A new £2.4 million museum in Derry recalls years of struggle in Northern Ireland
The Museum of Free Derry has reopened after a £2.4 million refurbishment and extension, reports the BBC. The museum charts a turbulent time in Derry (Londonderry)’s history in the 1960s and '70s and is located in the Bogside, where fighting between Catholics and the Royal Ulster Constabulary over three days in 1969 sparked the thirty-year conflict known as the Troubles.
The museum tells the story of events including Bloody Sunday, the notorious day in January 1972 when 14 civil rights marchers were shot dead by the British Army. A number of items from the day are exhibited, including the Queen’s University Civil Rights Association banner. The flag was dropped in a derelict house as the protesting students fled gunfire, and was found by a local boy who kept it in his attic for 30 years. The front wall of the museum includes an artwork created by local artist Locky Morris called ‘We Shall Overcome’. Its shape is based on the wave form of the civil rights anthem of the same name, which the crowd sang on Bloody Sunday.
The museum features multi-media exhibits, photos, uniforms and newspaper reports from the time. Manager Adrian Kerr said he was happy the museum had reopened after two years in a temporary space. "We are all thrilled that the new museum is at long last ready to open,” he told the BBC. “It will allow us to do a lot more work in educating people about this very important era in our history, and will make a visit to the museum a much more rewarding and stimulating experience for all visitors, be they from the city or from across the world.”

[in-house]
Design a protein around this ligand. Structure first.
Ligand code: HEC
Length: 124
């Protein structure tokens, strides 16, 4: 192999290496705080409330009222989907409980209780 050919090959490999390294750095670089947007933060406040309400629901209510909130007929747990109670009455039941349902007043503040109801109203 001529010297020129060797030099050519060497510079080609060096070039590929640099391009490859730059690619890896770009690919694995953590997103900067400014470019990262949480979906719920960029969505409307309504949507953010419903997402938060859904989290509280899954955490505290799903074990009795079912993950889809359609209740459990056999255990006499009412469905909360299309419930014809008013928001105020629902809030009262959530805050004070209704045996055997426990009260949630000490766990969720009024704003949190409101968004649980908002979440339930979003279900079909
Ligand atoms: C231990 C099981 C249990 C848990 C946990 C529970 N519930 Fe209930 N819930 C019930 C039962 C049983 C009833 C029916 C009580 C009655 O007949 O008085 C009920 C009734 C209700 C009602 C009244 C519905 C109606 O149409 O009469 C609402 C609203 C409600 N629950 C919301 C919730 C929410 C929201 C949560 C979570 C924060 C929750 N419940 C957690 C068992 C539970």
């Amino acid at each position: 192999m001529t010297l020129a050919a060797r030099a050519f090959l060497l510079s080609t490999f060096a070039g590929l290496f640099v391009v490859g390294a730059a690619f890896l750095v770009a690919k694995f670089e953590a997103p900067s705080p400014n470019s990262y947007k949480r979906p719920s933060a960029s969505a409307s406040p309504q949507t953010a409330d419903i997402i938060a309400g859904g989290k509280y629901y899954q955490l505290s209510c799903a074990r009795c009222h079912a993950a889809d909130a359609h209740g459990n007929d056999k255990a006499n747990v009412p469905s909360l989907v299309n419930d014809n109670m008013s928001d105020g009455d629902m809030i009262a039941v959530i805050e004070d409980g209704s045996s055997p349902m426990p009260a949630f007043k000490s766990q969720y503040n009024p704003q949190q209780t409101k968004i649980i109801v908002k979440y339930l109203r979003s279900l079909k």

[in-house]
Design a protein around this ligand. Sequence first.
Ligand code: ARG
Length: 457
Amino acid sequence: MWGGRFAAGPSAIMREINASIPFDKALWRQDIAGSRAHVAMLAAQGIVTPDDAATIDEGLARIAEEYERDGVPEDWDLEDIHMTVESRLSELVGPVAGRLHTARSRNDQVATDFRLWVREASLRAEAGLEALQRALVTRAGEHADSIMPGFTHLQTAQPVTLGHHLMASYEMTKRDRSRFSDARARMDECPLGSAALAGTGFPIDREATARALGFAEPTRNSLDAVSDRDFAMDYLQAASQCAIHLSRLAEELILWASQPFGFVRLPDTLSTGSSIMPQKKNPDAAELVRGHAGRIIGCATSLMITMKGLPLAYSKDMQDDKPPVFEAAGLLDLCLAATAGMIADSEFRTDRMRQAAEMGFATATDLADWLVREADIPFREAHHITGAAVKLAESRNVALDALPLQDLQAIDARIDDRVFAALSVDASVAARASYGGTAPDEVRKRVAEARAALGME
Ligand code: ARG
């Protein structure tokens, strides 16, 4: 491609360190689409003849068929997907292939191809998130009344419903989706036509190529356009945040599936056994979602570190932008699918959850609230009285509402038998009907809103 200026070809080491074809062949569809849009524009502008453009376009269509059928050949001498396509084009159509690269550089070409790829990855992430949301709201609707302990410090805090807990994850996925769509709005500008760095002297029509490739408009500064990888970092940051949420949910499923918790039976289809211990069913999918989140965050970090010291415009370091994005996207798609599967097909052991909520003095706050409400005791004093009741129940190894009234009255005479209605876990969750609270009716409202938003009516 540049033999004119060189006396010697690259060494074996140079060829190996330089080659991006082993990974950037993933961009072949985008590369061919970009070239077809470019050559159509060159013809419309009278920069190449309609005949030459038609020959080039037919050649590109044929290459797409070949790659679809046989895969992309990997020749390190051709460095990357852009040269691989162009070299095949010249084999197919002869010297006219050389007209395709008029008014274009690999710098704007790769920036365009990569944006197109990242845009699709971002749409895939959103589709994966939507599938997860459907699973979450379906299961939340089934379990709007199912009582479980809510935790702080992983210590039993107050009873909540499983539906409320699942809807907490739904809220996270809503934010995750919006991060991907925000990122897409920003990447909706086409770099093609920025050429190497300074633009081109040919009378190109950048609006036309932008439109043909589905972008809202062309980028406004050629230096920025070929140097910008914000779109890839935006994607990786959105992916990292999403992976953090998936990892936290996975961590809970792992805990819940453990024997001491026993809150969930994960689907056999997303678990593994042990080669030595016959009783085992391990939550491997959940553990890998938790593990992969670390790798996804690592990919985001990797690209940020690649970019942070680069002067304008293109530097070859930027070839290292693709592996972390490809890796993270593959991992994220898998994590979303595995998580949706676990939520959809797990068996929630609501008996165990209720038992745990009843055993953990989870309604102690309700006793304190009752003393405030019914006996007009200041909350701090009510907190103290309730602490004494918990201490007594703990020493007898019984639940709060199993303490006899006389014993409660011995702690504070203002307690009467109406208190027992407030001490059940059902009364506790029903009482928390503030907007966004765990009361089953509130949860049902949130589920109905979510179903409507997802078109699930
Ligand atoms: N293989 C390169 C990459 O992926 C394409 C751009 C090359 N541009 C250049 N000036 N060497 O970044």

Bogside sits just outside Derry’s famous city walls, which date from the 17th century and give the city it’s nickname, the Maiden City, because they have never been breached. Derry was named the UK’s City of Culture in 2013 and is an artistic and cultural hub. Its redeveloped waterfront and the elegant Peace Bridge are among highlights for visitors. To the east stretches the stunning coast of County Antrim, which featured in Game of Thrones, while to the west is the Wild Atlantic Way, a popular driving route that snakes along Ireland’s west coast.
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